This project will be conducted in one phase by a team consisting of staff from Air Products and the NCCC. ACPI's existing Sour PSA test unit will be upgraded and inserted into a weatherproof container along with a guard bed unit and feed gas compression system. The unit will be installed at NCCC's gasification site and operated for a period of approximately six weeks. The fate of trace components in the Sour PSA system will be evaluated, whether in the various effluent gas streams or on the adsorbents (analyzed via post-mortem studies). Guard bed (a fixed bed of pellets that selectively absorb materials of interest) effectiveness at removing potential tar species will be ensured by monitoring benzene breakthrough. Important metrics of performance (CO2 and H2S rejection, CO and H2 recovery), will be monitored to assess PSA operational stability. The data collected will also be compared with predictions from an ACPI in-house simulator (SIMPAC) to validate the simulation tool. ACPI will also investigate the use of pressure equalization cycles in a four- to six-bed PSA system utilizing sulfur-free, synthetic syngas with high CO and H2 content. This will also provide further validation of the simulation tool. The above work will provide information necessary to design a Sour PSA-based gasification process to produce purified syngas for methanol synthesis.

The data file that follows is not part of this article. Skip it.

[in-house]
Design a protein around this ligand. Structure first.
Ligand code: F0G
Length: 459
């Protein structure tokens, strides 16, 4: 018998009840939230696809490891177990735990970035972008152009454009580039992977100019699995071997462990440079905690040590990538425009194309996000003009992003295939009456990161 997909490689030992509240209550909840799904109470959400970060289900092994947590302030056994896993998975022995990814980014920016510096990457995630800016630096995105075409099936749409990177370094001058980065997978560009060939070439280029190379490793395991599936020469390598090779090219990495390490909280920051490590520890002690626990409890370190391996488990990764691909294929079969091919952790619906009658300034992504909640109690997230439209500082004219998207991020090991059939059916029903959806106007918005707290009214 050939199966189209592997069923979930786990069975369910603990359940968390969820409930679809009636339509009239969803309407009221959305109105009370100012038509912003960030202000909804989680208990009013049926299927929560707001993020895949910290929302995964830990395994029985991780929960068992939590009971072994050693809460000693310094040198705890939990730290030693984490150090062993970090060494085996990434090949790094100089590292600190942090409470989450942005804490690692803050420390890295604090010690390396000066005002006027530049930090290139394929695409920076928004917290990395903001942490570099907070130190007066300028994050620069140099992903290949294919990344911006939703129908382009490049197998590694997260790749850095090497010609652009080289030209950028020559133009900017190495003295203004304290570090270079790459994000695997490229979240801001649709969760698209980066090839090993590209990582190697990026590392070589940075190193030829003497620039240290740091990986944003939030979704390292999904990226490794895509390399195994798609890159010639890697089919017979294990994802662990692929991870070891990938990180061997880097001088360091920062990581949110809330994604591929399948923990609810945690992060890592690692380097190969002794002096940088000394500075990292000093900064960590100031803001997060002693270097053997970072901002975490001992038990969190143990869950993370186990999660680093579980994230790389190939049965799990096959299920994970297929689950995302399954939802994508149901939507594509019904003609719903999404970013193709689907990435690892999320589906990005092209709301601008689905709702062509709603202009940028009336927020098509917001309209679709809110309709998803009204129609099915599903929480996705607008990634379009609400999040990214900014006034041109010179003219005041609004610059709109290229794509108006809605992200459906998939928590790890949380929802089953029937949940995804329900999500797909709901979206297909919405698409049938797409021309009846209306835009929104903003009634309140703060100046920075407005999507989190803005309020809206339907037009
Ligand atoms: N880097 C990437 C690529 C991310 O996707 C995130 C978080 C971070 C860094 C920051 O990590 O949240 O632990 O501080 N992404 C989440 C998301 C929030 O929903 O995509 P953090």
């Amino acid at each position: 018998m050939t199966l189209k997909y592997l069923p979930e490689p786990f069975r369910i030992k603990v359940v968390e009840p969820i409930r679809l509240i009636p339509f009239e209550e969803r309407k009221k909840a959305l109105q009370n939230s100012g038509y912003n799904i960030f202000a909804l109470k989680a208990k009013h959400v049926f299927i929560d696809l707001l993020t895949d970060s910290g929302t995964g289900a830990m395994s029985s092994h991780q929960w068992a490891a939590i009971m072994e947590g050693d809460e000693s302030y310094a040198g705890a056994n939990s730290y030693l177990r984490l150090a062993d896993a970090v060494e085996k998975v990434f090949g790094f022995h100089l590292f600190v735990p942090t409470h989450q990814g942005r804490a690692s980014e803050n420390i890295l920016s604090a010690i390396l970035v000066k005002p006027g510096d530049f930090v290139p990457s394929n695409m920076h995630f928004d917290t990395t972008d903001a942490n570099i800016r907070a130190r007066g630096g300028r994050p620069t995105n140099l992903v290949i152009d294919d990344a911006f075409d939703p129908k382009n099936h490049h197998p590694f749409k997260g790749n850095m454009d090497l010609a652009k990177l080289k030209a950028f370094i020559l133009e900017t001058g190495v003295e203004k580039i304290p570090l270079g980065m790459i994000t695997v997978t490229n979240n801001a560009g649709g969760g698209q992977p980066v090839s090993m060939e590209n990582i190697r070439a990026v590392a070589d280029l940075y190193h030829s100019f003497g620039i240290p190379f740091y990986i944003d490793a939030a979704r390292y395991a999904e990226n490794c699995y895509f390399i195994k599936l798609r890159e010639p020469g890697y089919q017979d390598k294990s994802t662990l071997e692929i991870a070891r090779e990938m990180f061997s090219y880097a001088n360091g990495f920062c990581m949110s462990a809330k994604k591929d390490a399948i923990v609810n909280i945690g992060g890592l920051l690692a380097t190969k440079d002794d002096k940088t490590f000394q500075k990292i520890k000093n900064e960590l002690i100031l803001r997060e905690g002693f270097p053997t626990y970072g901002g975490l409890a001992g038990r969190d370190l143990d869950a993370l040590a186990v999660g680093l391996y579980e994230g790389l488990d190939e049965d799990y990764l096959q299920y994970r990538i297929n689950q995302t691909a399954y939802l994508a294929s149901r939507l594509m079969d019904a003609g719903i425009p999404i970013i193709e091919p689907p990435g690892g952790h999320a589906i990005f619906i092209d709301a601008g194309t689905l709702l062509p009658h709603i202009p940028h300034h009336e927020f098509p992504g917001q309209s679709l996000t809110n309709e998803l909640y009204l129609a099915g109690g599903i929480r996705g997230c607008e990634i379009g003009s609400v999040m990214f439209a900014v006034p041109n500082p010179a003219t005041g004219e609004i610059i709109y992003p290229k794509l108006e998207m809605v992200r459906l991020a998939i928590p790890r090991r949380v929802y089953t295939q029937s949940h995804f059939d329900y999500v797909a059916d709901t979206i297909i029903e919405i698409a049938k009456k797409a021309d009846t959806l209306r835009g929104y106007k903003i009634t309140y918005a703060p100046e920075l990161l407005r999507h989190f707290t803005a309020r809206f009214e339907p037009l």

The Technology Readiness Level (TRL) assessment identifies the current state of readiness of the key technologies being developed under the DOE's Clean Coal Research Program. This project has not been assessed.
The TRL assessment process and its results including definition and description of the levels may be found in the "2012 Technology Readiness Assessment-Analysis of Active Research Portfolio".